It could be that the public recognizes a connection between the sloppy abandonment of Iraq in 2011 and current events with the Islamic State. It could also be that there is some recognition of how Russia is currently exploiting American weaknesses to subjugate its neighbors.
One way or another, Americans seem concerned again about the security of their country. They have decided that Democrats aren’t the party to handle the question. It’s like living in 2004 again.
Rhode Island: By a ten-point margin, Republicans in Rhode Island avoided nominating Ken Block, a two-time Obama voter who supported Obamacare. That it was so close explains a lot about the state’s Republican Party.
Of course, the state is dominated by Democrats. The only reason the party has any hope of electing its nominee, Allan Fung, as the heavily Democratic state’s fourth consecutive non-Democratic governor is that the Democratic nominee, state Treasurer Gina Raimondo, may have shown a bit too much courage and public-spiritedness in tackling the issue of pension reform in the state. In fact, she sounds uncannily like conservatives in several other states who have been making the same case when she argues that out-of-control pension promises threaten to squeeze out and kill off critical public services.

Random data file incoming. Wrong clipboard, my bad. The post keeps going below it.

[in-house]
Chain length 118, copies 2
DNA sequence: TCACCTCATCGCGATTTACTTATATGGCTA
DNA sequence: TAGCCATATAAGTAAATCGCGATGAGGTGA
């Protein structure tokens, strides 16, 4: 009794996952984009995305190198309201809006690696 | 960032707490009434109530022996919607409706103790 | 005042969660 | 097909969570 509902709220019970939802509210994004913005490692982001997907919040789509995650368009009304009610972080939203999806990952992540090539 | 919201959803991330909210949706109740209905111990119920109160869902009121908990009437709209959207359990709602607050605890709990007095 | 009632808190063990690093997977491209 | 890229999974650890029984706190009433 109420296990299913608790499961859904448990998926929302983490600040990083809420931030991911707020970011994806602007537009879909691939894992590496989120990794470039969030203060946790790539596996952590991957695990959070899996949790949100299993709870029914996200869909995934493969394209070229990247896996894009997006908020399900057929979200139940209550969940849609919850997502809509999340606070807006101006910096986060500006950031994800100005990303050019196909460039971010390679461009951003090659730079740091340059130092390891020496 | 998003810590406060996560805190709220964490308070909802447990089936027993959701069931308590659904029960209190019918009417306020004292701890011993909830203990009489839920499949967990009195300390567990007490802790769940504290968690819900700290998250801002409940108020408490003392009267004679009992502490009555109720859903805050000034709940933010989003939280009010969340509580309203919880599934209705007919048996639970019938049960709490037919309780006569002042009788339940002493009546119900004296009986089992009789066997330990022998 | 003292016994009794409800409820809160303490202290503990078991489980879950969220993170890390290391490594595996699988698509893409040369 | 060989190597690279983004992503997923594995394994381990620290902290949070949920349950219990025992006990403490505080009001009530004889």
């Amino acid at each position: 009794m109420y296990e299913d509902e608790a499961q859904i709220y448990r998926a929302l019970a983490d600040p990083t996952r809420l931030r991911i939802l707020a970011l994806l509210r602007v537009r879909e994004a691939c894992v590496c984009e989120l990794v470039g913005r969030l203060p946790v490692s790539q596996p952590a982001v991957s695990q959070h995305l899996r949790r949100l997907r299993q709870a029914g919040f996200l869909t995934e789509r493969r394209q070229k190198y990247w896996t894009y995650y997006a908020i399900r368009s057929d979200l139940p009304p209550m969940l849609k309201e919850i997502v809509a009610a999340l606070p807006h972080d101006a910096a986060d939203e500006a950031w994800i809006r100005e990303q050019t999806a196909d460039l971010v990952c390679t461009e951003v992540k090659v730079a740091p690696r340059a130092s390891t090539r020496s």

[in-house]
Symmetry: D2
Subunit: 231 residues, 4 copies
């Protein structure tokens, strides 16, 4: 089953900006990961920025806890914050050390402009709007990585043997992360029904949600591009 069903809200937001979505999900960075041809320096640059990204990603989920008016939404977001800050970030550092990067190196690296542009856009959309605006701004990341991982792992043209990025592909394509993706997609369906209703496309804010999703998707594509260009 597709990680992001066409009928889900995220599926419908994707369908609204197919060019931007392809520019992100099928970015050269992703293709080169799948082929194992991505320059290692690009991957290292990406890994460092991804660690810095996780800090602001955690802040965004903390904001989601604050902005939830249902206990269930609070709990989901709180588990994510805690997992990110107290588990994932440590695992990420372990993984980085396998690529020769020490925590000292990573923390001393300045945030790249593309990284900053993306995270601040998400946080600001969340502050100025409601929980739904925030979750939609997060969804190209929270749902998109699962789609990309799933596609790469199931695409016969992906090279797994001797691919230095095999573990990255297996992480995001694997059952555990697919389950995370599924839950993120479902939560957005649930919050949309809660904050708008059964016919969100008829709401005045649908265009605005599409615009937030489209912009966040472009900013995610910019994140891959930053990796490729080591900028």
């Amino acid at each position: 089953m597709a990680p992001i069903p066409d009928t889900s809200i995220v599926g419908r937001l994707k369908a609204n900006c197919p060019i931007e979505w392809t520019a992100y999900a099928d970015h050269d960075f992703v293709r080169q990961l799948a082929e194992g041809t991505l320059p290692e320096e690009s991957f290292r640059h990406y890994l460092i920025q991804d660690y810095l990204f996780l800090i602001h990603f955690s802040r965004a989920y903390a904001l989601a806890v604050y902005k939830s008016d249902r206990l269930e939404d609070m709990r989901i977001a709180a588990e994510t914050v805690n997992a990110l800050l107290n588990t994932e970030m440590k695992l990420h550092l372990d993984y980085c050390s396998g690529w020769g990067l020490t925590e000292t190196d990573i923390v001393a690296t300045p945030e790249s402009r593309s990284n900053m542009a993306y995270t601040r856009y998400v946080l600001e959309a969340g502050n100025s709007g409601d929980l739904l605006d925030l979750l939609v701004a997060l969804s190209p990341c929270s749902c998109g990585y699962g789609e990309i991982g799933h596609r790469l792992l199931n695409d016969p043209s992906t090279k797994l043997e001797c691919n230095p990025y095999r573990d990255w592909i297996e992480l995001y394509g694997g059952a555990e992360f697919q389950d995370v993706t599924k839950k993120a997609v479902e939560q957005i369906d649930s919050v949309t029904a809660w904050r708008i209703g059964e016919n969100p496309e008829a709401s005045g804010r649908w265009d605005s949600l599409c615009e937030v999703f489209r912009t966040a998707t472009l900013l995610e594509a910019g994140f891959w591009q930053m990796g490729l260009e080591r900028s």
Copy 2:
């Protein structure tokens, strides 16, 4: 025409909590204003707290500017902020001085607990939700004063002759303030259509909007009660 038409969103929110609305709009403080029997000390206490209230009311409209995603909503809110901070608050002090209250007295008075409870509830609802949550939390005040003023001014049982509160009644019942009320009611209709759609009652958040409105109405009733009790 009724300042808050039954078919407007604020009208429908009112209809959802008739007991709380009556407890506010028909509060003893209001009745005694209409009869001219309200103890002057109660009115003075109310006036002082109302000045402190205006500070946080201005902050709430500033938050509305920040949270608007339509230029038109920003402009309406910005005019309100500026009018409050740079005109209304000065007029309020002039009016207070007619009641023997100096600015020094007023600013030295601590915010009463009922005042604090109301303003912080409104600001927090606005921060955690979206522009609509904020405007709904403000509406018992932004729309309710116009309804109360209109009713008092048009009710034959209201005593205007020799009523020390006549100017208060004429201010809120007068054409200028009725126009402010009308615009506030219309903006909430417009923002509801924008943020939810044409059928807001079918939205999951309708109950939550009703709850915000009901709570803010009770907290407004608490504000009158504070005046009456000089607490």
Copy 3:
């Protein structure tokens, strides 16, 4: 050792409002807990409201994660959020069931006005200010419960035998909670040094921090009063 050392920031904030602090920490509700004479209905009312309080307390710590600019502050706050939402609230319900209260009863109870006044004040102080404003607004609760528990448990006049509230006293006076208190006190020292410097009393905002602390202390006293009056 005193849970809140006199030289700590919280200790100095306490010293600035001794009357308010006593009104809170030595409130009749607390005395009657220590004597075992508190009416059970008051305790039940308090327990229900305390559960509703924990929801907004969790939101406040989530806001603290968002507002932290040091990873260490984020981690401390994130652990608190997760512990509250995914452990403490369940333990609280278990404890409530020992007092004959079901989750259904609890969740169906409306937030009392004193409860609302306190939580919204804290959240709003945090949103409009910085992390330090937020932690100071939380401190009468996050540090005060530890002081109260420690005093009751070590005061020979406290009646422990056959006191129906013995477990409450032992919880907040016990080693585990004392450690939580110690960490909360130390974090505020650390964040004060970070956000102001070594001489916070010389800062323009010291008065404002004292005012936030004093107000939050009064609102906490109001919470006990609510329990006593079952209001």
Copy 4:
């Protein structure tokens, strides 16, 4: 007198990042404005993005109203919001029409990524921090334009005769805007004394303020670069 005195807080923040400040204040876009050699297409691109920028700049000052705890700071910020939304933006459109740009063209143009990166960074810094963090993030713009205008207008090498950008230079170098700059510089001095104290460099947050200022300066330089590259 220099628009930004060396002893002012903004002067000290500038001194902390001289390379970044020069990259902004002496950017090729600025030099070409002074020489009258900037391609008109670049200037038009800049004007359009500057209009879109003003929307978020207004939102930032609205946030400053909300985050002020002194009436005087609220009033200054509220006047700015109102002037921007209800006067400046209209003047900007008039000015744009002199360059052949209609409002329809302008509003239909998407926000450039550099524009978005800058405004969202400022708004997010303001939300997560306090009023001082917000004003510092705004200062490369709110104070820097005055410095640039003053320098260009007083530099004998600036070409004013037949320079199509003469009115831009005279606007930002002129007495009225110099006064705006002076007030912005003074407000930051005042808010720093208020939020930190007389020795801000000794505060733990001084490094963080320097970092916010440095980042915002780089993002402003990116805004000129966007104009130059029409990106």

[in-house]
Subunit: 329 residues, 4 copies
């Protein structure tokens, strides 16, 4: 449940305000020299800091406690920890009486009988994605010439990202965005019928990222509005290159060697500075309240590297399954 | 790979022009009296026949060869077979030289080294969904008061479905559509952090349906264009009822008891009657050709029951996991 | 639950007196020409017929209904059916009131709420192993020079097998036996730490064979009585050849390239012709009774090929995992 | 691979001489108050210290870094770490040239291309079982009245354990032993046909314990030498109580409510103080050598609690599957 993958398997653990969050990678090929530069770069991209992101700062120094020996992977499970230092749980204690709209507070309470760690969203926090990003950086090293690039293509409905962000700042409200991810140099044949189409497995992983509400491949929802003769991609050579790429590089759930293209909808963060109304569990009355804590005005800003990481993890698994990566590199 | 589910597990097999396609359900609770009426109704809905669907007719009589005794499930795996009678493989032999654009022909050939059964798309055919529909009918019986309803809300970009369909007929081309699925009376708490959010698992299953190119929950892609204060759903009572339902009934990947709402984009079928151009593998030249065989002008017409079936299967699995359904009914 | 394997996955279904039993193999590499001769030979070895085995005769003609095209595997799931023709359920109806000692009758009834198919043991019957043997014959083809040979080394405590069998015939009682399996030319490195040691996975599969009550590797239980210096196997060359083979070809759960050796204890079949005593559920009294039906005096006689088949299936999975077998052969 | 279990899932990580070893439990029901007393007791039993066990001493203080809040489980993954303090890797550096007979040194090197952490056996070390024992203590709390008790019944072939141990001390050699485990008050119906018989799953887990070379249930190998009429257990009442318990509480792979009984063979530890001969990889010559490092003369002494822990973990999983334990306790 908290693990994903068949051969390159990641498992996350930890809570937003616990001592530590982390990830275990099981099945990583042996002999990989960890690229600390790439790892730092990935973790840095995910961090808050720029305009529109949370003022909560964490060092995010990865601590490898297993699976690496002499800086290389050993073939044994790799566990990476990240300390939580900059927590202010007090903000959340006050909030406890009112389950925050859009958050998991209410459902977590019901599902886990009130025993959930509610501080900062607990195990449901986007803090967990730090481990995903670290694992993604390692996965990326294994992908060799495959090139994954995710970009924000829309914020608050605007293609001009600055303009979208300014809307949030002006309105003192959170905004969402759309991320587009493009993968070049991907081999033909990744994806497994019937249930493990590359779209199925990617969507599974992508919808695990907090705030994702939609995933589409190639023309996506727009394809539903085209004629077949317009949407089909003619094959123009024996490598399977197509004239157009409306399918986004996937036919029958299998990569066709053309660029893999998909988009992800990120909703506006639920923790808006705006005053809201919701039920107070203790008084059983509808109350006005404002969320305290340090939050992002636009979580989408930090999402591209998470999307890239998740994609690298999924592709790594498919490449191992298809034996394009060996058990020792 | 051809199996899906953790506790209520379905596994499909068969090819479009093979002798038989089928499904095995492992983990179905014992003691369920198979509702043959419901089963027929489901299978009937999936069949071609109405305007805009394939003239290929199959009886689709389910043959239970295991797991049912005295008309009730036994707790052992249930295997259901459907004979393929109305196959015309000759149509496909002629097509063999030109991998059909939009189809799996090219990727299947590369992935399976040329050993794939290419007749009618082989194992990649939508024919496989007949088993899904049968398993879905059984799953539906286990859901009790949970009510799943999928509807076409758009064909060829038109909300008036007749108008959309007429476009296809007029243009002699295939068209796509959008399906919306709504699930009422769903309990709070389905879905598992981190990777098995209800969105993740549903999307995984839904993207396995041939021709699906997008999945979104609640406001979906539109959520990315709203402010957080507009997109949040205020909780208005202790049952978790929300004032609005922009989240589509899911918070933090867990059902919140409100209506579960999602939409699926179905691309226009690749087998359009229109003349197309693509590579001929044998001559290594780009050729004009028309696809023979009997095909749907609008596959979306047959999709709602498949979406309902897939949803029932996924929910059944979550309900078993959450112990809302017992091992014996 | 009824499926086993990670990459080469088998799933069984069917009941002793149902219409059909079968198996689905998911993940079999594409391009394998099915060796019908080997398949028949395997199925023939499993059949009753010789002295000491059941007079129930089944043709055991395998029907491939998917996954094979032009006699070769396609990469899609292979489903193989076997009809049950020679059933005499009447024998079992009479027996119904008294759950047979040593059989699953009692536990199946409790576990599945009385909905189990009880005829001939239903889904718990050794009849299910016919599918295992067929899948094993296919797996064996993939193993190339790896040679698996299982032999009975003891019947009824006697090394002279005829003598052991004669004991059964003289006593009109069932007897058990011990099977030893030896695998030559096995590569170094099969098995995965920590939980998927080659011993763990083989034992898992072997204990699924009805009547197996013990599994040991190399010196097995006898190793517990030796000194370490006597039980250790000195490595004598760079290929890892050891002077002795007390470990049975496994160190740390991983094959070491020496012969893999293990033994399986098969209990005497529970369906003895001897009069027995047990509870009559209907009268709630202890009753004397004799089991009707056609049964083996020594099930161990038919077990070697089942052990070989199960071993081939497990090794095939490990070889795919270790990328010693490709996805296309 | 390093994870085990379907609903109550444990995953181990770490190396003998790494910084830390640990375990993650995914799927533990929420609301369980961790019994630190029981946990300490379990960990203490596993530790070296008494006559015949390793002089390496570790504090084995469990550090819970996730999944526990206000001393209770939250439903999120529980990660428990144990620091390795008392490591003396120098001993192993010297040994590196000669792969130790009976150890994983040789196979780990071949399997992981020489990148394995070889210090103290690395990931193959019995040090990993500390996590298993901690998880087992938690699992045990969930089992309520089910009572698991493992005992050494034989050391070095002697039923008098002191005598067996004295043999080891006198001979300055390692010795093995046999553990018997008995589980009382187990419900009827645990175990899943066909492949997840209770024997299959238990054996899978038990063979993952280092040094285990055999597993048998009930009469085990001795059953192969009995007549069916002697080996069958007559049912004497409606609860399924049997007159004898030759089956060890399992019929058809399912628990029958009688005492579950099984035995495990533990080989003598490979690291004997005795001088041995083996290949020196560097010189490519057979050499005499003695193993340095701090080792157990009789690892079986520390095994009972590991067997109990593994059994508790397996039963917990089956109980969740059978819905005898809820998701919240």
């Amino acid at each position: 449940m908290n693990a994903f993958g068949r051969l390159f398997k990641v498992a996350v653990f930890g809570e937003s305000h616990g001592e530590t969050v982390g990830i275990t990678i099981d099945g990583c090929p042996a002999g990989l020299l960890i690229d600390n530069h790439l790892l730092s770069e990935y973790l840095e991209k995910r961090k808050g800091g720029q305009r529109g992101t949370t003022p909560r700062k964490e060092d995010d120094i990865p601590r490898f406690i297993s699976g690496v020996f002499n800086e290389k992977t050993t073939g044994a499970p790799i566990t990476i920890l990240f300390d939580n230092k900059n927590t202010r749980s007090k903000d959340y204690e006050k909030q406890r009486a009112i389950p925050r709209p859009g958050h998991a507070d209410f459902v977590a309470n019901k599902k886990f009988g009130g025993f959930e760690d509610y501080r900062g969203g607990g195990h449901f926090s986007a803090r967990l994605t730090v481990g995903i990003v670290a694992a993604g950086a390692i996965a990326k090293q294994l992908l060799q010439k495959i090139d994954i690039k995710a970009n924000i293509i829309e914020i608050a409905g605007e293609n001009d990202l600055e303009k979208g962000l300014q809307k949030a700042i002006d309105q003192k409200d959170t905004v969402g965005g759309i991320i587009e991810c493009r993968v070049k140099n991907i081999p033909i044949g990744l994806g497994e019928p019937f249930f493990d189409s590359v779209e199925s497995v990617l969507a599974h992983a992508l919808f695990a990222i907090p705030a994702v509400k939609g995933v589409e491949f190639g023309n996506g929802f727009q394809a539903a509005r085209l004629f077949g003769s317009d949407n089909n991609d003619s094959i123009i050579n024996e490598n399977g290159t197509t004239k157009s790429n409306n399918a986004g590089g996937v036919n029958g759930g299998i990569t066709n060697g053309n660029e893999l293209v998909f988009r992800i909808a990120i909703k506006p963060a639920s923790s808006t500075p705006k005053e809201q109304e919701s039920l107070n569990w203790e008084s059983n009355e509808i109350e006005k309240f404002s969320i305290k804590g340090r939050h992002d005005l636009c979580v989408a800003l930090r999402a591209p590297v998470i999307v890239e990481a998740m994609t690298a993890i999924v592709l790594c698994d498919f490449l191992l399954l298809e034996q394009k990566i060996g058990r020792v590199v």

If the state’s public employee unions sit this one out in protest, it could get interesting. (The current governor, Lincoln Chafee, now calls himself a Democrat but was elected in 2010 as an independent. He abandoned his re-election bid when his approval ratings sank to 26 percent.)
New Hampshire-2: Republicans probably nominated the best possible candidate with their choice of conservative state Rep. Marilinda Garcia, R, who easily won her primary last Tuesday. Garcia, who began this primarly as a longshot underdog, gained support from outside funding sources (including both the Club for Growth and the Koch Brothers) and did not face a hostile party establishment. Her colleagues in the legislature were supportive, the Beltway party remained neutral, and even liberal reporters portrayed her as the sort of candidate who could broaden the GOP’s appeal. (It is worth noting, however, that Garcia is half-Spanish, half-Italian – Hispanic by census definition but not of any Latin American ancestry.)
Garcia begins the general election at a huge financial disadvantage against Rep. Ann Kuster, D, but Kuster’s polling is abysmal. And with outside funding driving so much election spending nowadays, the financial disadvantage might mean less than meets the eye. New Hampshire’s congressional delegation has flipped between the parties repeatedly over the last decade, with both seats swapped in 2006, 2010, and 2012.